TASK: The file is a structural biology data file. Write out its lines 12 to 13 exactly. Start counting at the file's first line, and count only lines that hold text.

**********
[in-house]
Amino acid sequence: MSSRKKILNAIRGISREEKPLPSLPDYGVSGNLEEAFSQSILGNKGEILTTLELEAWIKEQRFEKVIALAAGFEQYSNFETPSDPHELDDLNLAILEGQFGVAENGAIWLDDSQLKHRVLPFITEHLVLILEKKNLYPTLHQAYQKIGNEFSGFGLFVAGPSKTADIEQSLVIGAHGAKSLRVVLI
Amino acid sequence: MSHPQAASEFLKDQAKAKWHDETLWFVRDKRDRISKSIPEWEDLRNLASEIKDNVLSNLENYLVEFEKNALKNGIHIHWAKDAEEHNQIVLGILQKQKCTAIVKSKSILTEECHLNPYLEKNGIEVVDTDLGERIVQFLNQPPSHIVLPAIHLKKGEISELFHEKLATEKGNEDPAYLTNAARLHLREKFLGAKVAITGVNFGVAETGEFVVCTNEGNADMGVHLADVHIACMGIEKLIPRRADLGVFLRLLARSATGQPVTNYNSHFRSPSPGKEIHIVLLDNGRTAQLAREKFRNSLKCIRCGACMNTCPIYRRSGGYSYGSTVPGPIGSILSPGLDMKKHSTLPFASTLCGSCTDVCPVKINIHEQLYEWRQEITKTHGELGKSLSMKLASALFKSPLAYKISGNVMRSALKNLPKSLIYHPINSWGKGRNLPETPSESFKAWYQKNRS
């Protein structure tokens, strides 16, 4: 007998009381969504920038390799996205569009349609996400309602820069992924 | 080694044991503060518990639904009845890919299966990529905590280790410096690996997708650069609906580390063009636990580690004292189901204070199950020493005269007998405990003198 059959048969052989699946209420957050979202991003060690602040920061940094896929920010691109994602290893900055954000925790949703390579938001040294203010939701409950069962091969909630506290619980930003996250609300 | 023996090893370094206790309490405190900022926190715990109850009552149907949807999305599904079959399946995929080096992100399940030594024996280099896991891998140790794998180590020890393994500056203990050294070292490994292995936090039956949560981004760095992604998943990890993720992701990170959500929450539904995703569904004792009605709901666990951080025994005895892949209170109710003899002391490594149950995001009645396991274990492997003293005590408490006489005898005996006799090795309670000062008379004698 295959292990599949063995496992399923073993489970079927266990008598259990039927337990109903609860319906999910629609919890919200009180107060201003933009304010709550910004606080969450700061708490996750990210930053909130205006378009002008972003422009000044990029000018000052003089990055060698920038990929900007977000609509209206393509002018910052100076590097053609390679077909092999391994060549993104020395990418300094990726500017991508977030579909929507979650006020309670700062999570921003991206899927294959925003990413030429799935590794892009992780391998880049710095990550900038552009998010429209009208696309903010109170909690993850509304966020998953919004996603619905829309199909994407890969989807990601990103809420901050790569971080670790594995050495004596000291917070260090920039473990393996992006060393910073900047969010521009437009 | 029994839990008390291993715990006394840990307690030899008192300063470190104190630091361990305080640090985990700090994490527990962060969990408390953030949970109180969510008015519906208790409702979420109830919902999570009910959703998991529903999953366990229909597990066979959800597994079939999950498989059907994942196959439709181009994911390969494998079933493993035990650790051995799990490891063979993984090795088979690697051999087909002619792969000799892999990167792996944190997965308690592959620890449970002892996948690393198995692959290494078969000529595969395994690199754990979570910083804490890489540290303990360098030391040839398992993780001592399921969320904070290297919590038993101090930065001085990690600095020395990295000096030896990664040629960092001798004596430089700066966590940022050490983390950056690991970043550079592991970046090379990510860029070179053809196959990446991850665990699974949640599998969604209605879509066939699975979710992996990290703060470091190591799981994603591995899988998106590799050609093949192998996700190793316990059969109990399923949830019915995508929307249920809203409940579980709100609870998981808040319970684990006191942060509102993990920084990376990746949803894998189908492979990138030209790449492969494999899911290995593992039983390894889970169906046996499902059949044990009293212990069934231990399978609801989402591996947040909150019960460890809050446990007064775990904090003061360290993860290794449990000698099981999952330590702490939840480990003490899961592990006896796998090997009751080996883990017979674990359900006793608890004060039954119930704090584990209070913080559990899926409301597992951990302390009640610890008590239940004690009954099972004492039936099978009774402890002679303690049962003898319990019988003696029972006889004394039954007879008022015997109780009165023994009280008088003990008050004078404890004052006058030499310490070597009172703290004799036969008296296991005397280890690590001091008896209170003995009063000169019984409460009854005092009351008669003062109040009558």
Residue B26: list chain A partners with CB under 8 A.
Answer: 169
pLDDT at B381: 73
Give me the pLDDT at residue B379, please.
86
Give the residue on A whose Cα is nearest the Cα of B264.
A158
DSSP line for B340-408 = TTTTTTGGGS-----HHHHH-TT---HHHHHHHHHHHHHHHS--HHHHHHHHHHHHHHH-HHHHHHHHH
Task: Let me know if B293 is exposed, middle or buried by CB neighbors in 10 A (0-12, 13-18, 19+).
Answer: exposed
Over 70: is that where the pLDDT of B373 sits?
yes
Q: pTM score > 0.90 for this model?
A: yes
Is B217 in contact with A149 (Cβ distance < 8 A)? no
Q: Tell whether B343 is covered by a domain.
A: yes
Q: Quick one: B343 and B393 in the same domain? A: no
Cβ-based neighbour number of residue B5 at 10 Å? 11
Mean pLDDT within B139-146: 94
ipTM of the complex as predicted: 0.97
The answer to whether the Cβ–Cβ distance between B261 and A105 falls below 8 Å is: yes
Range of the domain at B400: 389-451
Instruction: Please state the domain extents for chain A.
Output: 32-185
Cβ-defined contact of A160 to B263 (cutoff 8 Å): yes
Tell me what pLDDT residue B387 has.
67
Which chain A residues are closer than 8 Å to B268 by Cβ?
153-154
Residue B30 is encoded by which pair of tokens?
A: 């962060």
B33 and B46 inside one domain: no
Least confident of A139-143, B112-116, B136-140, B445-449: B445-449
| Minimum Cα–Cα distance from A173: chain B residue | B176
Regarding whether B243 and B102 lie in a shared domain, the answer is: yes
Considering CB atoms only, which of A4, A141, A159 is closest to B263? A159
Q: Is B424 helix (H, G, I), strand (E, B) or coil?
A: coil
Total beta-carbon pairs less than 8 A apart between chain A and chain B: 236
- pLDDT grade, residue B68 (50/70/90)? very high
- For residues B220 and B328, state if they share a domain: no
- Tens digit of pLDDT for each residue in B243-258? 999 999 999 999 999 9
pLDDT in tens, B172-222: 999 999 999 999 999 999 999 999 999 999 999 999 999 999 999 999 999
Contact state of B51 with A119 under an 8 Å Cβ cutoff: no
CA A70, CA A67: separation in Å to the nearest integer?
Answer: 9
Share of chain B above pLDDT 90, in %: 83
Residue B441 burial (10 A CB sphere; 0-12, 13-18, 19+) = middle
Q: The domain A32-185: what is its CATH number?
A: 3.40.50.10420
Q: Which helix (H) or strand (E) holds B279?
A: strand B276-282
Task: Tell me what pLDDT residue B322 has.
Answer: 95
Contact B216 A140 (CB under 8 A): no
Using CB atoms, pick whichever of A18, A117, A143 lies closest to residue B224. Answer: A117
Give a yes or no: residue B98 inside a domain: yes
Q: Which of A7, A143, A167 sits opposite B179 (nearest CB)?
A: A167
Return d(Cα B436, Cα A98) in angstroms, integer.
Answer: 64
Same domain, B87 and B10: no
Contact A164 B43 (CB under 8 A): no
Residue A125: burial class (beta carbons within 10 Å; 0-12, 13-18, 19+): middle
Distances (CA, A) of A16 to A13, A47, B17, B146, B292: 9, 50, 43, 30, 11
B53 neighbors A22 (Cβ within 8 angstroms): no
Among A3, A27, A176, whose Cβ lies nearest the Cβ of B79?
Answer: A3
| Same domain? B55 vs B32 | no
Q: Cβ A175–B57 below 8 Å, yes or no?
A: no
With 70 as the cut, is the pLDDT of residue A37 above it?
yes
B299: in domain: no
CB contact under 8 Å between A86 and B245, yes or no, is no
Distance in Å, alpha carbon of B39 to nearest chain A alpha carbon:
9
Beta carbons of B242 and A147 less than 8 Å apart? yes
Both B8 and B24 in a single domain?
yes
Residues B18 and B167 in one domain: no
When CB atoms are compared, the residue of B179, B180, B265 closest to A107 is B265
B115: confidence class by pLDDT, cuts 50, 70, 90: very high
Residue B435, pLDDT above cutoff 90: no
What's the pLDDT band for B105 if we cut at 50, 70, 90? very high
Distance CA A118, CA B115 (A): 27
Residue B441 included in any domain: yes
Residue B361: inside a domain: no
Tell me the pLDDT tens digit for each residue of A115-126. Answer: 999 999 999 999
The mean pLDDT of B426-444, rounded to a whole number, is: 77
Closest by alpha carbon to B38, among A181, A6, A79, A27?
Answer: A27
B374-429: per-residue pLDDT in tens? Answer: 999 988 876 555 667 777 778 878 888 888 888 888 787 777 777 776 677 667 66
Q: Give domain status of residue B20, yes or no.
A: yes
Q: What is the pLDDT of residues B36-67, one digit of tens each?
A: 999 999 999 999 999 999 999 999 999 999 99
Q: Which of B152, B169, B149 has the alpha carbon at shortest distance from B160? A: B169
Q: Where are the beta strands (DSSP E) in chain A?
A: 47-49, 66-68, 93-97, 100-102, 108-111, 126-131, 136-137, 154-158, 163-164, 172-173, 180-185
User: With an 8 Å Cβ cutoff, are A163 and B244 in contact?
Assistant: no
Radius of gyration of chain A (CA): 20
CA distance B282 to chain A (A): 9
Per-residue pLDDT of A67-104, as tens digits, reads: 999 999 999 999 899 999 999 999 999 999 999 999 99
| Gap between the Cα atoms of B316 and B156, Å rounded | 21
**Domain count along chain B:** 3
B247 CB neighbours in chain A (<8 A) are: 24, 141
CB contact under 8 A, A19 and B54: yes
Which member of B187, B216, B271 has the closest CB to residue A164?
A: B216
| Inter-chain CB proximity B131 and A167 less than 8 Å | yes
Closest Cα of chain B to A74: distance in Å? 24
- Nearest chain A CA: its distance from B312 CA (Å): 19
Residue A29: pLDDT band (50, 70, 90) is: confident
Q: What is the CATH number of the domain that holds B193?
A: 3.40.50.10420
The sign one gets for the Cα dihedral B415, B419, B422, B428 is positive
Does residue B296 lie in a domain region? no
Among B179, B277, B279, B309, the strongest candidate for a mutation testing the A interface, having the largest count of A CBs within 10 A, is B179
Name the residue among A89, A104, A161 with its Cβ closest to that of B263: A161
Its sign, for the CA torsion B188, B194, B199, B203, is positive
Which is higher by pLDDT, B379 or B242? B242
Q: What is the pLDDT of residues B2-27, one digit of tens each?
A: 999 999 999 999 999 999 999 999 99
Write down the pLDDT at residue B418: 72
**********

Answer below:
DSSP line for B340-408 = TTTTTTGGGS-----HHHHH-TT---HHHHHHHHHHHHHHHS--HHHHHHHHHHHHHHH-HHHHHHHHH
Task: Let me know if B293 is exposed, middle or buried by CB neighbors in 10 A (0-12, 13-18, 19+).